As an example of this reaction, a study of law enforcement officers was made, to analyze their reactions under stress. They were to perform rather complex movements associated with loading a magazine into a pistol and firing it. These rather simple instructions are practiced on the rage until they become second nature to the law enforcement people and during none-stressful conditions present at the firing range, they are able to perform them flawlessly. Now add the element of surprise with a touch of stress and what happens. During simulated action involving exercise and other conditions that attempt to duplicate a realistic confrontation, these same officers had difficulty with many of the simple moves associated with loading and firing a pistol.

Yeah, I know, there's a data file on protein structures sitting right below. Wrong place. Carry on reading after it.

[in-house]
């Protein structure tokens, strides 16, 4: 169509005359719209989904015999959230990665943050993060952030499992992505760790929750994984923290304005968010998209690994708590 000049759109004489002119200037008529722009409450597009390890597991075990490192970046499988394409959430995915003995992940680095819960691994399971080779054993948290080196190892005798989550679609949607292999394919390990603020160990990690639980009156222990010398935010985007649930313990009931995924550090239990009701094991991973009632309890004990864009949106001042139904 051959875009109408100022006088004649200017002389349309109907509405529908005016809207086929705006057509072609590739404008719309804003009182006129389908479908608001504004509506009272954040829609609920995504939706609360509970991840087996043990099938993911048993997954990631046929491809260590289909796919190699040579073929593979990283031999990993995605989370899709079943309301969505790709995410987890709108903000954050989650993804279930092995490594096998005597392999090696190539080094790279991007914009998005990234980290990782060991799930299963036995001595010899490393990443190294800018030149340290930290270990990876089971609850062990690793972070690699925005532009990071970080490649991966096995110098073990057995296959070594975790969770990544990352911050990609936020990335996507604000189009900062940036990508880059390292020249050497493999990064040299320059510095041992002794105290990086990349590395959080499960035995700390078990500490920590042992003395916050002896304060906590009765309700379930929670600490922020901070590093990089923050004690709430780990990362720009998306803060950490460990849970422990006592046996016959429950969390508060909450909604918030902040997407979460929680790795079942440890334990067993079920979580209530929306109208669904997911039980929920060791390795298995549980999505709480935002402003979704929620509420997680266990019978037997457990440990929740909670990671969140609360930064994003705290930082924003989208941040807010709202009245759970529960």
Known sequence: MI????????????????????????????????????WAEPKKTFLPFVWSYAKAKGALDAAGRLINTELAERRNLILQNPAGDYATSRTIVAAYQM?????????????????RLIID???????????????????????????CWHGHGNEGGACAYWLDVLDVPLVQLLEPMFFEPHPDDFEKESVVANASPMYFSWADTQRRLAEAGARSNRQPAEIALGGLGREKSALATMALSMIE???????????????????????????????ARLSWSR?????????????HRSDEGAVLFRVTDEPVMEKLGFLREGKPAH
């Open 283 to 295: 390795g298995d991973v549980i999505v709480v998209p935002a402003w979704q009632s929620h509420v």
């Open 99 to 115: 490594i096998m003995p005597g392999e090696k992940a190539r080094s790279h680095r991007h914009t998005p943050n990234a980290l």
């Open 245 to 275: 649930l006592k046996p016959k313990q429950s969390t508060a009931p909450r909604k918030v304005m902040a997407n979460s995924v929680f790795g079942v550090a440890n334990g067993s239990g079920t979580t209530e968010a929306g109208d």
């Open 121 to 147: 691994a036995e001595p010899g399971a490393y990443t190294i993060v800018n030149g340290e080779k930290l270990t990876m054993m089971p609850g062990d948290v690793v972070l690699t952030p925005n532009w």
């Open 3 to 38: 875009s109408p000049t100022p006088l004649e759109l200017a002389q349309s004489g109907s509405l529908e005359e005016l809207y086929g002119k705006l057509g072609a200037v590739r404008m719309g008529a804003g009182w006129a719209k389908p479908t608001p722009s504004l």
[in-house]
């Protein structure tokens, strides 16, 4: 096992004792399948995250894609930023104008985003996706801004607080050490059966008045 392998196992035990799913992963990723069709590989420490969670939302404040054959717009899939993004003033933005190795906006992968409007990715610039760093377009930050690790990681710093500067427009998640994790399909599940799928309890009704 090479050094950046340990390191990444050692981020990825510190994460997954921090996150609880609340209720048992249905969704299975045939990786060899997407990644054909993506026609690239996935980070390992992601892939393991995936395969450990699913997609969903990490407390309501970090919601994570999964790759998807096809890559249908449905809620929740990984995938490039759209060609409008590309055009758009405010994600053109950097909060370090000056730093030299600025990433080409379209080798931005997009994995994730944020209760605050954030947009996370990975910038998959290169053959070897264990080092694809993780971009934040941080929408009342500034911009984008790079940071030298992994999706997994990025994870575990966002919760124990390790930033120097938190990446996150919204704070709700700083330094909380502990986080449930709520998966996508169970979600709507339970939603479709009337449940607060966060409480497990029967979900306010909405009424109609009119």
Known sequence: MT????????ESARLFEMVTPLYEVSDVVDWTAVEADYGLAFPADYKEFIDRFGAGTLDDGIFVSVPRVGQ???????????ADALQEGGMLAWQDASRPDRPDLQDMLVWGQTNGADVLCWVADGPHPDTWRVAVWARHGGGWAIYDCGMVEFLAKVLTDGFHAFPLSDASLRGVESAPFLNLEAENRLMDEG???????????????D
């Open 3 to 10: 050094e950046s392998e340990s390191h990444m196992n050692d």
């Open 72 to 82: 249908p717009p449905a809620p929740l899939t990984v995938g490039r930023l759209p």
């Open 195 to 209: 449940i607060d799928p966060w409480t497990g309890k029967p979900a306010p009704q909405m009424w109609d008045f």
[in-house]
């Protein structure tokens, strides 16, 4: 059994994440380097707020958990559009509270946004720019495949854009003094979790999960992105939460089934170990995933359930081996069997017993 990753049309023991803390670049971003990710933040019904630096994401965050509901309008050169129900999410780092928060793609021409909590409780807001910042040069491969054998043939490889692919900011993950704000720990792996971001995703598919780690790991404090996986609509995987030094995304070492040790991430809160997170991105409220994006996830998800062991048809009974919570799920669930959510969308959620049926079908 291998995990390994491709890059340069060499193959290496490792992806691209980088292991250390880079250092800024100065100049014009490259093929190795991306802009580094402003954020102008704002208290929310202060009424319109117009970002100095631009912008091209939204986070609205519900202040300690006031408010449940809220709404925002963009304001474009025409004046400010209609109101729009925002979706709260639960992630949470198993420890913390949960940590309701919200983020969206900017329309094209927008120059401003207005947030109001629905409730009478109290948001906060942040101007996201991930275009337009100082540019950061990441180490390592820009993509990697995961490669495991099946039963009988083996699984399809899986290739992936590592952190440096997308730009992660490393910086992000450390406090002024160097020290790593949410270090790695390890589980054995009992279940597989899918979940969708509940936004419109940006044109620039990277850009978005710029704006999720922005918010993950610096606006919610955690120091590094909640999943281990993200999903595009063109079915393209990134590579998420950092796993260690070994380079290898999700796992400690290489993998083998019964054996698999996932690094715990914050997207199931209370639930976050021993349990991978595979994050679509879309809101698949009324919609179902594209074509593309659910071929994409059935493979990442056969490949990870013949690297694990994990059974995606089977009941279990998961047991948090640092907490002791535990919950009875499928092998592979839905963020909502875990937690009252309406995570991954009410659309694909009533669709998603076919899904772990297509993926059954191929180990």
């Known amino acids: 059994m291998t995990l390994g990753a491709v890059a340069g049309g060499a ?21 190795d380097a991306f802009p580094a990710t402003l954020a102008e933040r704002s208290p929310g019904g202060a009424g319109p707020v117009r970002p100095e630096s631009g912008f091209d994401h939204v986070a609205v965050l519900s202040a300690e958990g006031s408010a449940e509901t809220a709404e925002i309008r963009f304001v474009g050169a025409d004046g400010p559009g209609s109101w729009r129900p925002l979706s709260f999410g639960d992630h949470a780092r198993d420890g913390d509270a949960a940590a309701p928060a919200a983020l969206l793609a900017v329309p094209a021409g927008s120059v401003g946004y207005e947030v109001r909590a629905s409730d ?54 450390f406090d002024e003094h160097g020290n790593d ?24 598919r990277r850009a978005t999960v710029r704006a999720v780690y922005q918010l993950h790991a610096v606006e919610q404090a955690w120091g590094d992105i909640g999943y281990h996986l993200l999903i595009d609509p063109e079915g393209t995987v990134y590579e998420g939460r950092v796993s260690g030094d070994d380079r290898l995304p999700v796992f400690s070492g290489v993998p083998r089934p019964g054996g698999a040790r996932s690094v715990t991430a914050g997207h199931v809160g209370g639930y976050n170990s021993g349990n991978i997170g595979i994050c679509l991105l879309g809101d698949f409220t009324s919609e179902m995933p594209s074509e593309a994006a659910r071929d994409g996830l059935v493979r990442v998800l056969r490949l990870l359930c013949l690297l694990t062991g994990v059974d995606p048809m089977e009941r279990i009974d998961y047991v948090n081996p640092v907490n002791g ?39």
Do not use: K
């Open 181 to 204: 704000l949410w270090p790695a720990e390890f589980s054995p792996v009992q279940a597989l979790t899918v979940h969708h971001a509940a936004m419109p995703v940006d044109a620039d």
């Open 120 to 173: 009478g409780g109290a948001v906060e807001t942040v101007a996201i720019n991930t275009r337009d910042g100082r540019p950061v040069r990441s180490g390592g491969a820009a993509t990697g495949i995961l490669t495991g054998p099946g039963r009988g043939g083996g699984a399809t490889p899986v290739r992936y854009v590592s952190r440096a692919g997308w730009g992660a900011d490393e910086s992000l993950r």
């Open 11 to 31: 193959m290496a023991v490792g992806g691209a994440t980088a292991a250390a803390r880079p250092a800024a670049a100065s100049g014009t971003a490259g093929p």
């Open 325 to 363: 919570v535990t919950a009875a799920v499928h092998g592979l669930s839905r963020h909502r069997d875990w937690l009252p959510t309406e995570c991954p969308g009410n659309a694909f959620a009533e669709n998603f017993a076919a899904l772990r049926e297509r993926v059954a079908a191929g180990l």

Even though the individuals involved with this experiment knew that the whole situation was staged and not really dangerous, their bodies responded to the stress, to some degree, as they would have under real life or death conditions. Only the most simple of the actions, performed with the major muscle groups could be counted on to work. Because of this study, many law enforcement agencies have modified their training, to include more realistic drills and practical exercises designed to reinforce those survival skills most likely to function during extreme stress.

I disagree that everyone must accept this fate, regardless of their training. I believe that karate training, specifically the “active” meditation found in Sanchin and other related karate drills, prepare the individual to cope with situations that normally produce a “fight or flight” syndrome.